Teaching Experiences -- China Connection
We discussed what successful U.S. printers are doing to get out of the "commodity" business, such as setting up a fulfillment center, diversifying into package printing, maintaining databases, etc. An executive from a large U.S. printer I met at Drupa told me that he is talking to some Chinese printers that currently print some jobs for him, but now they want to take the final step and actually send the finished products to the ultimate customers, rather than to a middleman. While those new business models appear attractive to Chinese printers, their time is well off into the future.
Competition from India
For the near future, package printing appears to be their best opportunity to generate the kind of profits necessary to stave off competition from new entrants into the printing world, such as India, Vietnam and Indonesia. What advantages and disadvantages do printers in these countries have?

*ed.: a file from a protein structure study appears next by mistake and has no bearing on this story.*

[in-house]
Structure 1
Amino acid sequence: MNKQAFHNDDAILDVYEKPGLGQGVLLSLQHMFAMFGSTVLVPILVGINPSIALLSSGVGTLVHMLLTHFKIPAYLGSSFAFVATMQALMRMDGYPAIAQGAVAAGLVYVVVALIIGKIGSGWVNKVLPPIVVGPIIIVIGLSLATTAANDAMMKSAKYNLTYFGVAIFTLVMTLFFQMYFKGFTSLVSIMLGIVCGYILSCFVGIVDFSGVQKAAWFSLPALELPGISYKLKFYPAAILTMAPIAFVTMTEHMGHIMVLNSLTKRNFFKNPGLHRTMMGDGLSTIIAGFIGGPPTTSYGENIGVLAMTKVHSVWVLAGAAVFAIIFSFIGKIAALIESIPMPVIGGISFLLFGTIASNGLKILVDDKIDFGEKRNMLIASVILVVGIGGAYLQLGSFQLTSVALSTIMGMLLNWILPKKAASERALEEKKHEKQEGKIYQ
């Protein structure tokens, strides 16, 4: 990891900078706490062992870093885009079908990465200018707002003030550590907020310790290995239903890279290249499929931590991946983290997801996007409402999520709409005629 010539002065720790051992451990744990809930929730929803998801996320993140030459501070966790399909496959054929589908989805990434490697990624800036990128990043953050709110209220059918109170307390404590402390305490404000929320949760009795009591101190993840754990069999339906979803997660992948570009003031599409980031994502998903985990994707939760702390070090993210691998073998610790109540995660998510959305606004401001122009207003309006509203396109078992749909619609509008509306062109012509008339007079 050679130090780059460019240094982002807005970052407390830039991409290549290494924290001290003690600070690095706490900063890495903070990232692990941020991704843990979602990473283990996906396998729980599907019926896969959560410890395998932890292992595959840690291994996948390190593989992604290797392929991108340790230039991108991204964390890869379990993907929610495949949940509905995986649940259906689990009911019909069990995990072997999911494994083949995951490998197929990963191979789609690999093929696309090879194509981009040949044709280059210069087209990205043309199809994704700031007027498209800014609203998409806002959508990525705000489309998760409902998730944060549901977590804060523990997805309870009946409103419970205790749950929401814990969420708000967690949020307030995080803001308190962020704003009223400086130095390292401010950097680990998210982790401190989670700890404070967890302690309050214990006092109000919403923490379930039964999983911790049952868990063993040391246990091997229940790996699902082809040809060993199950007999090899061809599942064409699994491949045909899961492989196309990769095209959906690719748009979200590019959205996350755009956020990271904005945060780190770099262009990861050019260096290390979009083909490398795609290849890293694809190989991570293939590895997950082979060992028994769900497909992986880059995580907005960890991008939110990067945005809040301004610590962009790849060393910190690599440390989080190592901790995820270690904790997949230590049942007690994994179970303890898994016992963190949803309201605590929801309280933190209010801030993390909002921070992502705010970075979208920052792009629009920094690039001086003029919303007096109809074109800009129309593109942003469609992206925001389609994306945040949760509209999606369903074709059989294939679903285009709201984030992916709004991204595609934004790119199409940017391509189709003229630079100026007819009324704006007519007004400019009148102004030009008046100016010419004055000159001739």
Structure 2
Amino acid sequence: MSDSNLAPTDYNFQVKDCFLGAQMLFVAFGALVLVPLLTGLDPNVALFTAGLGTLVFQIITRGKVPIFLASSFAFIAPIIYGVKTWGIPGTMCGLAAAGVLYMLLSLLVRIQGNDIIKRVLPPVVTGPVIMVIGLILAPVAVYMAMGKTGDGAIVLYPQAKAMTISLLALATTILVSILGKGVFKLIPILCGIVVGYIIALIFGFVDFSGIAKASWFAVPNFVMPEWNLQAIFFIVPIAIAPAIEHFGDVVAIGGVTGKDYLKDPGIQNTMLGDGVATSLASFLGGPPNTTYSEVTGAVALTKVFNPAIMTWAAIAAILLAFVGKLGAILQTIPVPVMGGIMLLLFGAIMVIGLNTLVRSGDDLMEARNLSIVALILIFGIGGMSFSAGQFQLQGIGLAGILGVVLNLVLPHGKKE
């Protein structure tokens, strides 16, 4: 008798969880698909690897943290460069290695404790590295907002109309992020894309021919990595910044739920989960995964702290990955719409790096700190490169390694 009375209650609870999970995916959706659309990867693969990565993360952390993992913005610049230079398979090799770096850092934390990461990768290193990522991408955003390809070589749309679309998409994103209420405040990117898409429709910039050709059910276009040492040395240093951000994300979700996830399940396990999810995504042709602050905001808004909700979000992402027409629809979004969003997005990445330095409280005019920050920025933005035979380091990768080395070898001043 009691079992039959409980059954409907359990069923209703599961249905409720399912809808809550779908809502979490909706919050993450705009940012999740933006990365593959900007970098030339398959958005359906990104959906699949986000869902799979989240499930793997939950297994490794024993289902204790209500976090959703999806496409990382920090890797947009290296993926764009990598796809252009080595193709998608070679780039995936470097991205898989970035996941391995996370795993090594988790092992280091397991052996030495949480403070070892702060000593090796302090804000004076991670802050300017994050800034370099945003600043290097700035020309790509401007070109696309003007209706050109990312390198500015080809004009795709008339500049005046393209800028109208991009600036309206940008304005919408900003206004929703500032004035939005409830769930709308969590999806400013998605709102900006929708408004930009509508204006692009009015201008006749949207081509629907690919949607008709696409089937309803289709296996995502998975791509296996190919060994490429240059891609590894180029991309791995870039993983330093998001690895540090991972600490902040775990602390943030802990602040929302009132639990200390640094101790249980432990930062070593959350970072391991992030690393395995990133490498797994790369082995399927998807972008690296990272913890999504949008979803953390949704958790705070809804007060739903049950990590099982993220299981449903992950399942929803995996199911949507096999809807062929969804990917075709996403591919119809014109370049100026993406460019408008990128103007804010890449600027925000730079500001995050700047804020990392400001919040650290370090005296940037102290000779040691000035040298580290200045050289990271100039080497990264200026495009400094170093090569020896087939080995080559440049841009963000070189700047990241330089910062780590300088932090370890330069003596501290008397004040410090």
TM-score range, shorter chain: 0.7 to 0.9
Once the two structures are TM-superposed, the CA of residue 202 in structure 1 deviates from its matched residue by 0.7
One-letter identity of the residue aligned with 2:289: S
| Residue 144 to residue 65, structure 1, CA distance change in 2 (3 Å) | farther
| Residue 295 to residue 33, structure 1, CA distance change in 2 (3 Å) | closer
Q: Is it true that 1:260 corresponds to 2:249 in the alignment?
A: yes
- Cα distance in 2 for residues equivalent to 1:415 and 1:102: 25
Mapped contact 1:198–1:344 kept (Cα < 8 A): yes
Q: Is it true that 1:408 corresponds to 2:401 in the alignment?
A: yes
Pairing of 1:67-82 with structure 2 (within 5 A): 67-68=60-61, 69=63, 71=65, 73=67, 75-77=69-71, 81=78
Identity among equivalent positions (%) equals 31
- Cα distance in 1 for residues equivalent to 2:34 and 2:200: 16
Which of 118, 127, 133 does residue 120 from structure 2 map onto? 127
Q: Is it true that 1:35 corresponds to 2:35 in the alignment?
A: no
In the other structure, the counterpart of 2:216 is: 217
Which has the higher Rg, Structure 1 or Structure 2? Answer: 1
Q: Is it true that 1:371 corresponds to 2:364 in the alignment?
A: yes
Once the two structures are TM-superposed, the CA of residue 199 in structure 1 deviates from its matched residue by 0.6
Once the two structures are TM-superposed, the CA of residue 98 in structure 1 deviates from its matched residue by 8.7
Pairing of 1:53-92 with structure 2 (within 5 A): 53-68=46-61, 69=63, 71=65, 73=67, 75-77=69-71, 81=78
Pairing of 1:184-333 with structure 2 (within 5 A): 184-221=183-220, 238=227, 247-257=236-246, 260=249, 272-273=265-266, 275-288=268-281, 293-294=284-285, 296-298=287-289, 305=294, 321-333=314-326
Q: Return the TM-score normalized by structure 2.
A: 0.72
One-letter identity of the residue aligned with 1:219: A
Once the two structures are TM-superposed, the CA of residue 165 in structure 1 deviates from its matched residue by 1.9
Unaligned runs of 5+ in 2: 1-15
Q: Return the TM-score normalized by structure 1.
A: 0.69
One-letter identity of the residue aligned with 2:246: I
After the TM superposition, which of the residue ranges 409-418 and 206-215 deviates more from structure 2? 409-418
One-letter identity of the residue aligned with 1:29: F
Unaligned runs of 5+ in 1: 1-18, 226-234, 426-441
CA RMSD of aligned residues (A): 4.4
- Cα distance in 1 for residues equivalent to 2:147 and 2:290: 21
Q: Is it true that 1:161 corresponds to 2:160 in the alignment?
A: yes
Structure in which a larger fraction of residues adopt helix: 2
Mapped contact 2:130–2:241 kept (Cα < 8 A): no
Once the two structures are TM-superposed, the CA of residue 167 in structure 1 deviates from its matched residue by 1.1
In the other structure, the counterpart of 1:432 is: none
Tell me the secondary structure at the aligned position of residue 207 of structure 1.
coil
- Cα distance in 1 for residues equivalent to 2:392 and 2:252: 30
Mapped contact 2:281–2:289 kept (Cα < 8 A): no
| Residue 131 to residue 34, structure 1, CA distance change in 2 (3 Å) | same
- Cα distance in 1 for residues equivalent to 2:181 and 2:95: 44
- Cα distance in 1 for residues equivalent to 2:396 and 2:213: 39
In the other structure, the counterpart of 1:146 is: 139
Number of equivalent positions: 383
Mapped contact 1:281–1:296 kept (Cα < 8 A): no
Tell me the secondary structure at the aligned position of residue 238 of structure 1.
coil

For starters, India has lower labor rates than China and, most importantly, they are used to communicating in English and have a rule of law concept firmly established. However, the tariff and non-tariff barriers in existence in India preclude--except for the very wealthy printers and newspapers--purchases of the latest machinery and systems. Therefore, a lot of used equipment still finds its way to India. Vietnam is a rising star in the printing industry, still relying mainly on used equipment, but with labor rates even lower than those found in India.
The message for Chinese printers is not to bask in possessing low labor rates, but how to compete with their neighbors for offshore customers.
Education is one of the keys China is using to make sure that people running the industry today, and those that will run it in the future, are aware of these challenges. That's why they have people like myself with printing knowledge and educators from universities such as Wuppertal teaching short courses. That's also why many of their graduates enroll in post-graduate programs at foreign universities. It's why many faculty members from Chinese printing schools go abroad for extended stays to improve their knowledge base. I also met several educators in Wuhan who worked in the United States for a number of years, then decided to return to China to teach the latest technologies to eager students.